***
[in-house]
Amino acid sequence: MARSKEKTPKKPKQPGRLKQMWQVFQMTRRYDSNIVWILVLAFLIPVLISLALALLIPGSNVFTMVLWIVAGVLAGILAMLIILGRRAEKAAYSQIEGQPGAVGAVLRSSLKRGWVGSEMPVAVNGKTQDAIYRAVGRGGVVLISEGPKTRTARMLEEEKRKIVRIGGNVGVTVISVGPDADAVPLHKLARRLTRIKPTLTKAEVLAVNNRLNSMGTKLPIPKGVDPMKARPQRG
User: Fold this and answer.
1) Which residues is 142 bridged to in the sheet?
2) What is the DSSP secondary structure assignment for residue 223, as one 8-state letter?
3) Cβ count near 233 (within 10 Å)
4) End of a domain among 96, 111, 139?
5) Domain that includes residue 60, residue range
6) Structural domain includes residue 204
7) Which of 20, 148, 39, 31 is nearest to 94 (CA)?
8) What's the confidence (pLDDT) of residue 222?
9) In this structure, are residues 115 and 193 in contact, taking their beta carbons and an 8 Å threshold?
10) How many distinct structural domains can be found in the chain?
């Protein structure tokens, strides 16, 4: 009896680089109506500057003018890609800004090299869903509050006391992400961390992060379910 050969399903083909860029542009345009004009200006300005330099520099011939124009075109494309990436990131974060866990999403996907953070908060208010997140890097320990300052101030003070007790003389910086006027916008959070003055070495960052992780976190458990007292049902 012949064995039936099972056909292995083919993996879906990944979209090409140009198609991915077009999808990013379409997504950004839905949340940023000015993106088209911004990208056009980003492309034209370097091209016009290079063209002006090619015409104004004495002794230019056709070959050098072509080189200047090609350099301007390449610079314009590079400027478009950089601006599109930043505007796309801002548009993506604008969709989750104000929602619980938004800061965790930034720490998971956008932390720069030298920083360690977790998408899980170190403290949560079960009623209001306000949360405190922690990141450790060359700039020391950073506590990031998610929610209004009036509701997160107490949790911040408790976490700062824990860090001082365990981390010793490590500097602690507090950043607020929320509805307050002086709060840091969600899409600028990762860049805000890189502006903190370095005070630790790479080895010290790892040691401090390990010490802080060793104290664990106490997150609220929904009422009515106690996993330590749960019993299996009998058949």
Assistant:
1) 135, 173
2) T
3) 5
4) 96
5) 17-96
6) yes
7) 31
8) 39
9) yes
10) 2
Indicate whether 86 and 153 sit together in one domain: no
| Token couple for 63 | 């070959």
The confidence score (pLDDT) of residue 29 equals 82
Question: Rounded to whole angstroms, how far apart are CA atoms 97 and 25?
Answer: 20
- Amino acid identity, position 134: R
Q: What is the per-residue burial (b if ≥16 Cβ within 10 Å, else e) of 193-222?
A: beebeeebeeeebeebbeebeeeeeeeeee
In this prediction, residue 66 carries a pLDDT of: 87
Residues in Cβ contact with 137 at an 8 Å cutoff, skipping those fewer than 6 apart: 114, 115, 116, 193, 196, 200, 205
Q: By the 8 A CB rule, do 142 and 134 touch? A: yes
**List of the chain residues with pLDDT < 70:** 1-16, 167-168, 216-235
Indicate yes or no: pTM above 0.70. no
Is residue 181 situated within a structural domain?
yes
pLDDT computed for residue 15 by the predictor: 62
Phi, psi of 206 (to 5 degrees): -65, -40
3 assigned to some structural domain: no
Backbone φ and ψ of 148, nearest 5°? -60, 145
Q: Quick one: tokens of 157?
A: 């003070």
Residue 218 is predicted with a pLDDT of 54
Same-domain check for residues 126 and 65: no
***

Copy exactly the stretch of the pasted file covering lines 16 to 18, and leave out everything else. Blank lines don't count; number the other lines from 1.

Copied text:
1) 135, 173
2) T
3) 5